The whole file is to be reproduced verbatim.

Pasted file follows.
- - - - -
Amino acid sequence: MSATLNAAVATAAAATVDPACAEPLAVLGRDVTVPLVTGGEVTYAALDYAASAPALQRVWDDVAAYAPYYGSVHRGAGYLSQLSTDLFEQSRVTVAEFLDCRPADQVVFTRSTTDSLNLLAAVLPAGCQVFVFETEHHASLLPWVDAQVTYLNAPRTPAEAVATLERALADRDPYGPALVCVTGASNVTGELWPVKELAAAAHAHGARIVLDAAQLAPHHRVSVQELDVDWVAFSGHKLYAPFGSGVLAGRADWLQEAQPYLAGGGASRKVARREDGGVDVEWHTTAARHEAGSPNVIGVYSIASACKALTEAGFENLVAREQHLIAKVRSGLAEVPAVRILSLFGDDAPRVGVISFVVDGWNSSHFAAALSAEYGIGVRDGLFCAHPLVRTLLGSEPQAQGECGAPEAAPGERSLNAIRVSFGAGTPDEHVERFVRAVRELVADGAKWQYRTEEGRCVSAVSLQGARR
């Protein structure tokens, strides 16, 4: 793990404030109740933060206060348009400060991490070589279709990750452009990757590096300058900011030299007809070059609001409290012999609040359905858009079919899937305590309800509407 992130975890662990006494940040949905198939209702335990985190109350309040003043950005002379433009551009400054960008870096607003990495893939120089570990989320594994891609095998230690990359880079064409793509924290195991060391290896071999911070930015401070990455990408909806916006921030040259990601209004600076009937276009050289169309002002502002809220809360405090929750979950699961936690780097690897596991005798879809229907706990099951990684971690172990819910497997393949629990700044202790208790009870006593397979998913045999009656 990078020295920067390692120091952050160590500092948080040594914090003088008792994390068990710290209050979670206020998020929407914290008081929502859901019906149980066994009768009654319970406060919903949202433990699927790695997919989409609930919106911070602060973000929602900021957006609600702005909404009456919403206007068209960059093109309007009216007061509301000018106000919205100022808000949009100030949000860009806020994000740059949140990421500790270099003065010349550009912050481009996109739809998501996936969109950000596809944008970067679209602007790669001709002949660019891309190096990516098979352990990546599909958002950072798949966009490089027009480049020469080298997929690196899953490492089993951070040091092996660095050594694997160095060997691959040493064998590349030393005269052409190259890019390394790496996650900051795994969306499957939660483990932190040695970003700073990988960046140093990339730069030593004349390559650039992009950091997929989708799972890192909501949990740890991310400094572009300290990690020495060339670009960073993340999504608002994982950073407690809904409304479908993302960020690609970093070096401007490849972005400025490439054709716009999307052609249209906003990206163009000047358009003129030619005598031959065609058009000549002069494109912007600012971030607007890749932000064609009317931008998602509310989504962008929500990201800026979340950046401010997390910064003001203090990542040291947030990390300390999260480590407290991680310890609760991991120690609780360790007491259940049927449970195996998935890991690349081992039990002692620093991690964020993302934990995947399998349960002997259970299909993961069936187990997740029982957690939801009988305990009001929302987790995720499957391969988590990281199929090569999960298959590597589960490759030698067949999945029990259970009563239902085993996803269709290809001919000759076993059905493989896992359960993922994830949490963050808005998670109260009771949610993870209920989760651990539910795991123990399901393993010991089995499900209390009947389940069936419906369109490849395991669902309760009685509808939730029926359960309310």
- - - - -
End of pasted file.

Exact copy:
Amino acid sequence: MSATLNAAVATAAAATVDPACAEPLAVLGRDVTVPLVTGGEVTYAALDYAASAPALQRVWDDVAAYAPYYGSVHRGAGYLSQLSTDLFEQSRVTVAEFLDCRPADQVVFTRSTTDSLNLLAAVLPAGCQVFVFETEHHASLLPWVDAQVTYLNAPRTPAEAVATLERALADRDPYGPALVCVTGASNVTGELWPVKELAAAAHAHGARIVLDAAQLAPHHRVSVQELDVDWVAFSGHKLYAPFGSGVLAGRADWLQEAQPYLAGGGASRKVARREDGGVDVEWHTTAARHEAGSPNVIGVYSIASACKALTEAGFENLVAREQHLIAKVRSGLAEVPAVRILSLFGDDAPRVGVISFVVDGWNSSHFAAALSAEYGIGVRDGLFCAHPLVRTLLGSEPQAQGECGAPEAAPGERSLNAIRVSFGAGTPDEHVERFVRAVRELVADGAKWQYRTEEGRCVSAVSLQGARR
């Protein structure tokens, strides 16, 4: 793990404030109740933060206060348009400060991490070589279709990750452009990757590096300058900011030299007809070059609001409290012999609040359905858009079919899937305590309800509407 992130975890662990006494940040949905198939209702335990985190109350309040003043950005002379433009551009400054960008870096607003990495893939120089570990989320594994891609095998230690990359880079064409793509924290195991060391290896071999911070930015401070990455990408909806916006921030040259990601209004600076009937276009050289169309002002502002809220809360405090929750979950699961936690780097690897596991005798879809229907706990099951990684971690172990819910497997393949629990700044202790208790009870006593397979998913045999009656 990078020295920067390692120091952050160590500092948080040594914090003088008792994390068990710290209050979670206020998020929407914290008081929502859901019906149980066994009768009654319970406060919903949202433990699927790695997919989409609930919106911070602060973000929602900021957006609600702005909404009456919403206007068209960059093109309007009216007061509301000018106000919205100022808000949009100030949000860009806020994000740059949140990421500790270099003065010349550009912050481009996109739809998501996936969109950000596809944008970067679209602007790669001709002949660019891309190096990516098979352990990546599909958002950072798949966009490089027009480049020469080298997929690196899953490492089993951070040091092996660095050594694997160095060997691959040493064998590349030393005269052409190259890019390394790496996650900051795994969306499957939660483990932190040695970003700073990988960046140093990339730069030593004349390559650039992009950091997929989708799972890192909501949990740890991310400094572009300290990690020495060339670009960073993340999504608002994982950073407690809904409304479908993302960020690609970093070096401007490849972005400025490439054709716009999307052609249209906003990206163009000047358009003129030619005598031959065609058009000549002069494109912007600012971030607007890749932000064609009317931008998602509310989504962008929500990201800026979340950046401010997390910064003001203090990542040291947030990390300390999260480590407290991680310890609760991991120690609780360790007491259940049927449970195996998935890991690349081992039990002692620093991690964020993302934990995947399998349960002997259970299909993961069936187990997740029982957690939801009988305990009001929302987790995720499957391969988590990281199929090569999960298959590597589960490759030698067949999945029990259970009563239902085993996803269709290809001919000759076993059905493989896992359960993922994830949490963050808005998670109260009771949610993870209920989760651990539910795991123990399901393993010991089995499900209390009947389940069936419906369109490849395991669902309760009685509808939730029926359960309310």